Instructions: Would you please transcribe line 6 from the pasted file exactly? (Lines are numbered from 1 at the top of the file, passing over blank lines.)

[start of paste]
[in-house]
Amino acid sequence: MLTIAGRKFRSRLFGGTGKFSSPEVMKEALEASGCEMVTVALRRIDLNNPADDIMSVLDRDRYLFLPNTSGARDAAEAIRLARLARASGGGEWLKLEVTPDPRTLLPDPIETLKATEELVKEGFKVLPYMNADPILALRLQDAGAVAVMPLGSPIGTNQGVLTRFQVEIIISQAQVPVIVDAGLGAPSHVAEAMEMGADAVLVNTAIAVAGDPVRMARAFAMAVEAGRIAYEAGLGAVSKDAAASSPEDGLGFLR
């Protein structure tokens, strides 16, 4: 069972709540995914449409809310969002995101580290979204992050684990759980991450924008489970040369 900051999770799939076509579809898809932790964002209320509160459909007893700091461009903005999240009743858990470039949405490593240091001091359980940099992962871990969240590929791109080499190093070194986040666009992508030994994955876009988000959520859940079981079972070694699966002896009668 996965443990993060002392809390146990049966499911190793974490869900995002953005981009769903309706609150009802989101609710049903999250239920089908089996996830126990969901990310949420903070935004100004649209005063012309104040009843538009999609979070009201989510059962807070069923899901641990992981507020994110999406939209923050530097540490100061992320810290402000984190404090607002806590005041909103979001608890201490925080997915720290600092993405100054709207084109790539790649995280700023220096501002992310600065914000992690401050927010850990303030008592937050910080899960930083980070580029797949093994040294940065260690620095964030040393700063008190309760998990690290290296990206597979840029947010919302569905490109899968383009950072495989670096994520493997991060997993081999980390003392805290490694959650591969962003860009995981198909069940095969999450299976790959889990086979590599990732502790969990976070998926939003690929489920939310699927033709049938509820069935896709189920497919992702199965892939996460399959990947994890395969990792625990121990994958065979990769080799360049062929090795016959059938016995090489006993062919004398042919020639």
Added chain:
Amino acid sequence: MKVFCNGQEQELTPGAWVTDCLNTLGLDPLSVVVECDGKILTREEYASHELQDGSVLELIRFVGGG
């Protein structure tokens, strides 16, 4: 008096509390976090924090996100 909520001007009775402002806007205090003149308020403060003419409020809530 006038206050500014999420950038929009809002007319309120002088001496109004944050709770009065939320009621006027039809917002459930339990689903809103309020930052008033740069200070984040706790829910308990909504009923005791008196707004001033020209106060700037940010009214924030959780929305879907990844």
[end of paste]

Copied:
């Protein structure tokens, strides 16, 4: 008096509390976090924090996100 909520001007009775402002806007205090003149308020403060003419409020809530 006038206050500014999420950038929009809002007319309120002088001496109004944050709770009065939320009621006027039809917002459930339990689903809103309020930052008033740069200070984040706790829910308990909504009923005791008196707004001033020209106060700037940010009214924030959780929305879907990844």